Comedy drama “Kalamaja Blues” launches this autumn 

“Kalamaja Blues”, an Estonian mini-web series in collaboration with Finnish broadcaster Yle, that is launching this autumn, has a “Friends” and “Seinfeld” energy, according to its director Vivian Säde.

The comedy-drama premieres in the autumn and is set in one of Tallinn’s most colourful districts known for its wooden houses, industrial heritage and bohemian hangouts.

Säde got the idea for a day-in-the-life of a group of friends while living in Kalamaja’s Kalevi street and viewers will recognise other well-known local streets such as Kopli, Salme and Tööstuse.

Säde is also the writer behind Kalamaja Blues. “You know, Estonians are so funny – without realising it! I want it to have a ‘Seinfeld’ and ‘Friends’ energy but I also want a comedy-drama which tackles serious themes of love, on-off relationships, anxiety and LGBTQ themes,” she told Estonian World. The story focuses on cool, arty Olli (Annabel Tanila) and her less cool cousin, Manna, played by Grete Alavere.

Olli (left, played by Annabel Tanila) and Manna (right, played by Grete Alavere).

An initial five part series will premiere in the autumn on the Instagram account @areena.stories. The Estonian production company behind it is Moondustfilms and according to producer Eve Tisler, YLE wanted to create quality mini fiction for young adults on social media and not just on a broadcast or streaming service.

“People will be able to share it and comment on it. We hope after the initial five episodes to take it to festivals and it might end up on TV as well,” she said.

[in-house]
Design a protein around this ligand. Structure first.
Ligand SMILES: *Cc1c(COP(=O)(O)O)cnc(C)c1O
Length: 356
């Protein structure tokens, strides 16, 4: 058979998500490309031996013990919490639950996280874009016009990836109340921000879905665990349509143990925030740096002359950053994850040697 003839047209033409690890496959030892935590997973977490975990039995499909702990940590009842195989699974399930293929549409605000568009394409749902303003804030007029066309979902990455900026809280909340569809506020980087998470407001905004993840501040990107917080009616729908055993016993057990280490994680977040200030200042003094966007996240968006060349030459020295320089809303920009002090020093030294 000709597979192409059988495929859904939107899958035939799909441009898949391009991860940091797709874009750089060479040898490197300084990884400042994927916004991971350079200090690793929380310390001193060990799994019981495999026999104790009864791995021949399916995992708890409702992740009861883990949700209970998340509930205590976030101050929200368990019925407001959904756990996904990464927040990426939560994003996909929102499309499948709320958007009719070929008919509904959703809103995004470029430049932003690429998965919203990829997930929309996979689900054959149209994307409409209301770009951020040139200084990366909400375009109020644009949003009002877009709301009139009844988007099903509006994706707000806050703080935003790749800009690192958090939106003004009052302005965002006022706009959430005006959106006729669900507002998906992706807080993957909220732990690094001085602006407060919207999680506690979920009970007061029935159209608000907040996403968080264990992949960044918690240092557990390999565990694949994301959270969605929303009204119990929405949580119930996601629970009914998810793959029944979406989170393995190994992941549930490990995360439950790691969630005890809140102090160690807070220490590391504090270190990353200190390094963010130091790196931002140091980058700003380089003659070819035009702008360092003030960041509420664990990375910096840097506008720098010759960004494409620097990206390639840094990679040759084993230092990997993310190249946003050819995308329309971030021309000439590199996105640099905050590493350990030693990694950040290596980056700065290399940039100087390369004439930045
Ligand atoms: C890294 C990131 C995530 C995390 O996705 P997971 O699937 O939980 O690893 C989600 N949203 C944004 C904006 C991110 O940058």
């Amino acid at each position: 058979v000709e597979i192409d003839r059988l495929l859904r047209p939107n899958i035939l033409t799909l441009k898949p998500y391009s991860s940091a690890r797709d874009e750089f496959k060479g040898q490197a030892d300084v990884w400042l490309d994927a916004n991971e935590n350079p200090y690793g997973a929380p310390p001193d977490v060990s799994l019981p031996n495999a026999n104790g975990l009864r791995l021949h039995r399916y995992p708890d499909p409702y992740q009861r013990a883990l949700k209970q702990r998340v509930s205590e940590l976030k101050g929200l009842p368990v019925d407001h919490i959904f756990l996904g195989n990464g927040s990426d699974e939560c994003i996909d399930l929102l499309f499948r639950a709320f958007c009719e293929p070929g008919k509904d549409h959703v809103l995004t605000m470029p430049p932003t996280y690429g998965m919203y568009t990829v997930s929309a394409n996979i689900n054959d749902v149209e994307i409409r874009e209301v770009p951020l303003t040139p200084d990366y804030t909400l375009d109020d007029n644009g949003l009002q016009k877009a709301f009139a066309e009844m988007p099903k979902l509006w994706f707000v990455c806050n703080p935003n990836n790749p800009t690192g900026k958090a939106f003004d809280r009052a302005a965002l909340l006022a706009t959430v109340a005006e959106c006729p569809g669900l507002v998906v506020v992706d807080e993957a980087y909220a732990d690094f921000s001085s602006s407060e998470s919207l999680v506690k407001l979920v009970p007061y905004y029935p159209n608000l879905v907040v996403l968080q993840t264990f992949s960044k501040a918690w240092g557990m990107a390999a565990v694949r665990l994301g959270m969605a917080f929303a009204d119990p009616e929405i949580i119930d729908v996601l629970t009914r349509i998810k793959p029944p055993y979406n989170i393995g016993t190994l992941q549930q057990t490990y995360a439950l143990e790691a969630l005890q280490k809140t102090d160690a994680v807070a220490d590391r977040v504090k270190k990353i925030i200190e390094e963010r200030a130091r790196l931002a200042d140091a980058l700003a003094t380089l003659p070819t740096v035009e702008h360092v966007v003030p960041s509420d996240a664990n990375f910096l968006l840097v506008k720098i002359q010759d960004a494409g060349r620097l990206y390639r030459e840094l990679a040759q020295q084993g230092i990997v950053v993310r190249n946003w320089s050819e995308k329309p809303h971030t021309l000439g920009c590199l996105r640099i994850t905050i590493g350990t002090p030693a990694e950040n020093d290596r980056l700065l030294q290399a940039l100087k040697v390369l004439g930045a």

International production

The fresh, new format presents some challenges. For Säde, each episode has to end with a cliffhanger to keep the Instagram audience engaged. It is quite a departure for the filmmaker and a graduate of Tallinn University’s Baltic Film and Media School whose previous films include “It’s About a Wedding”. Cinematographer Andres Arukask has to shoot it for the small screen in the expectation that people will also want to see it on a bigger screen. Initially in Estonian, it is hoped it will also have English subtitles when it launches at festivals.

“Kalamaja Blues is AreenaStories’ first international production, and collaborating with Vivian and producer Eve has been not only smooth and seamless but also enjoyable. We’re eagerly looking forward to the outcome and the feedback it receives from both Finland and Estonia and internationally,” Hyppe Salmi, an executive producer of Yle Drama, said.

Houses in Kalamaja’s Kalevi street. Photo by Iifar, shared under the Creative Commons CC BY-SA 3.0 EE licence.

A sneak preview of behind-the-scenes filming can be seen at @kalamajablues on Instagram.

From a fishing village to “hipsterville”

Historically, Kalamaja (Estonian for Fish House) accommodated fishermen’s villages, but when Tallinn was connected to Saint Petersburg by rail in 1870 and the nearby central railway station (Baltic Station) was built, the area changed immensely.

The industrial revolution and factories needed workers, so extensive apartment buildings were erected in the end of the 19th century. Much of the housing stock was built between 1890 and 1940, mostly apartment buildings in timber and brick.

Houses in Kalamaja, Tallinn, Estonia. Photo by Transly Translation Agency on Unsplash.

During the Soviet occupation, Kalamaja was seen as a somewhat run-down, undesirable neighbourhood – the communist utopia favoured large apartment blocks in the new districts, such as Mustamäe, instead – but during the last decade, the area became ultra-trendy and is now locally known as the “hipsterville” of Tallinn.

Home to about 10,000 people, the neighbourhood is located just a stone’s throw from the historical town centre, on the coast of the Tallinn Bay, while also having an excellent tram connection. The Telliskivi Creative City – the former industrial complex that has been turned into the creative centre of Estonia where artists, music promoters and community activists mingle with the startup community – is also next door.

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